If you are curious about what’s really happening in China, two books that give you a differentiated perspective are: Invisible China by Rozelle and Hell (just started it) and Young China by Dychtwald. Both books cover a perspective that you don’t hear in the press or covered in most books.
A request: I am looking to connect with Pankaj Mishra, author of Age of Anger, From the Ruins of Empire….If you know him, could you please connect us. Thank you
B. The Beginning of Infinity
The Beginning of Infinity by David Deutsch is a popular book that explores the nature and progress of knowledge and how it transforms the world. I have been slowly working through this book over the last few months.
The book argues that all human achievements result from one activity: the quest for explanations.
It proposes that knowledge is the beginning of infinity, meaning that there are no inherent boundaries to what we can discover or create, and that human potential is unlimited.
The three main arguments of the book are:
People create knowledge, rather than acquiring it through experience or observation. Knowledge is not a passive reflection of reality, but an active construction of explanations that make sense of reality.
There is no limit to how much knowledge people can create. The only constraints are the laws of nature and our current state of ignorance.
Creativity is the source of intelligence and knowledge. Creativity is not a matter of brute computational power or random trial and error, but of outside-the-box thinking and imagination.
But what does this mean for the rest of us in practice?
I was thinking about this book over the weekend, as I read my elder daughter’s New Scientist magazine (they are perfect for a teenager, which is squarely where my brain capacity sits).
It’s probably the most hopeful and optimistic thing you can read every week because it’s filled with discoveries being made, our improved understanding of this world and even better questions to ask.
These recent issue really had me buzzing about the discoveries we are making. It’s really a perfect anti-dote to all the negativity out there for young people to see how much we can achieve.
For example, I hadn’t realised that the Solar system is hurtling through space. The interstellar space we will be encountering on this amazing ride is completely new.
Which made me think of the first time I saw the opening sequence of Star Trek New Generation.
But at a deeper level this idea of the beginning of infinity is amazing, and David Wolpert at the Santa Fe Institute has been thinking further about it.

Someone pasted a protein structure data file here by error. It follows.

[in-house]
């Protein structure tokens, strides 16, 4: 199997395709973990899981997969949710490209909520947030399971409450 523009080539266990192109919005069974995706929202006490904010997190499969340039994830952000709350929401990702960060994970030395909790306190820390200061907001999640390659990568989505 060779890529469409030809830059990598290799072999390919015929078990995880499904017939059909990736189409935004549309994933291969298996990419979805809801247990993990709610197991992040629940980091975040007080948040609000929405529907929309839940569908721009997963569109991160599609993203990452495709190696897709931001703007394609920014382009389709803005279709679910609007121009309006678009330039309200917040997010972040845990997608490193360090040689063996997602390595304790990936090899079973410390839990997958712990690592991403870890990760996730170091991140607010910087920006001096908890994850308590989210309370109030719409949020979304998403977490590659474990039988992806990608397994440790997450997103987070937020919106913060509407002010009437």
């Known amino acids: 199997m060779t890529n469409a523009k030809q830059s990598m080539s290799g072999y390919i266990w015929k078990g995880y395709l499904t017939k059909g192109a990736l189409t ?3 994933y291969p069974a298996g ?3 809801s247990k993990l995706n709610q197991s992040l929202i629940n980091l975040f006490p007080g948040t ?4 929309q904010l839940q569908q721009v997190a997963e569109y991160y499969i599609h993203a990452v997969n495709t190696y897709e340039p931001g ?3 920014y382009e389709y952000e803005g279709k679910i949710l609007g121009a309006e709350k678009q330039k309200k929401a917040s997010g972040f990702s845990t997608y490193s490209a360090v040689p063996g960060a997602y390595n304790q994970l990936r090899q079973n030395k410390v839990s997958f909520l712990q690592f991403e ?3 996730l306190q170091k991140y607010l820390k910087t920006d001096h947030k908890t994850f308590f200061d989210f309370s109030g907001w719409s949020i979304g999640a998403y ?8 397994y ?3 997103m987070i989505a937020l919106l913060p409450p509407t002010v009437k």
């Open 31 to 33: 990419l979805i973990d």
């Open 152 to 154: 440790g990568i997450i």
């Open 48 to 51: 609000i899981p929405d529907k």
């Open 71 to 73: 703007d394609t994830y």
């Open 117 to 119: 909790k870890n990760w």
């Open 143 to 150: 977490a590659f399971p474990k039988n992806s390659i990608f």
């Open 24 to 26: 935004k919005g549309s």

Wolpert asks what aspects of the universe would be beyond our human ability to comprehend through language, mathematics, and science— “our greatest cognitive prostheses.”
He ends with a suggestion for how we might possibly escape these limits through contact with alien intelligence, or the construction of a hyper-computer to investigate what lies beyond its creators’ abilities to comprehend.
Which all made me think about Isaac Asimov’s essay: The Last Question. Thank you Adam Robinson for this reminder.
C. The Technology Section:
1. Jeffries published an AI Deep Dive. It explains the ins & outs of AI and breaks out who is best and worst positioned from this platform shift. They see hyperscalers, other enablers & data clouds and large differentiated platforms as best positioned.
Three of the key slides:
How will you start using these tools?
2. Kevin Scott, Microsoft Chief Technology Officer, who spearheaded the company’s $1 billion investment in OpenAI in 2019, says the way users interact with their computer is about to drastically change. MSFT unveiled new tools that will allow software developers to quickly and easily build custom “copilots,” or artificial intelligence assistants, for virtually any task.
In the background, these copilots will be joined together by a latticework of plugins that give them the ability to do things like book airline tickets, order meals, and schedule meetings.
3. The ruling coalition parties in Germany proposed raising the annual tax-free allowance for employee stock ownership in startups from €1,440 ($1,556) to €5k ($5,408). Additionally, the coalition has also proposed creating shares with multiple voting rights.
The moves aim to create a conducive environment for startups in the nation. The multiple voting rights amendment is aimed at retaining the influence of startup founders over their company once it has gone public. With the increase in tax-free allowance, the nation hopes to provide startups with more leverage to entice and reward employees. Other proposed changes include simplifying access to capital markets, strengthening Germany's role as a financial center, and removing barriers to technology.
4. My super smart friend Dror Poleg had a great article titled How scalable is your job? with a great framework for whatever job you're in, technology can multiply your productivity, reach, and rewards.
How will you use it?
Watched and would recommend this show on Apple TV this week:
Believe it or not, that “♡ Like” button is a big deal – it serves as a proxy to new visitors of this publication’s value. If you enjoyed this, don’t be shy.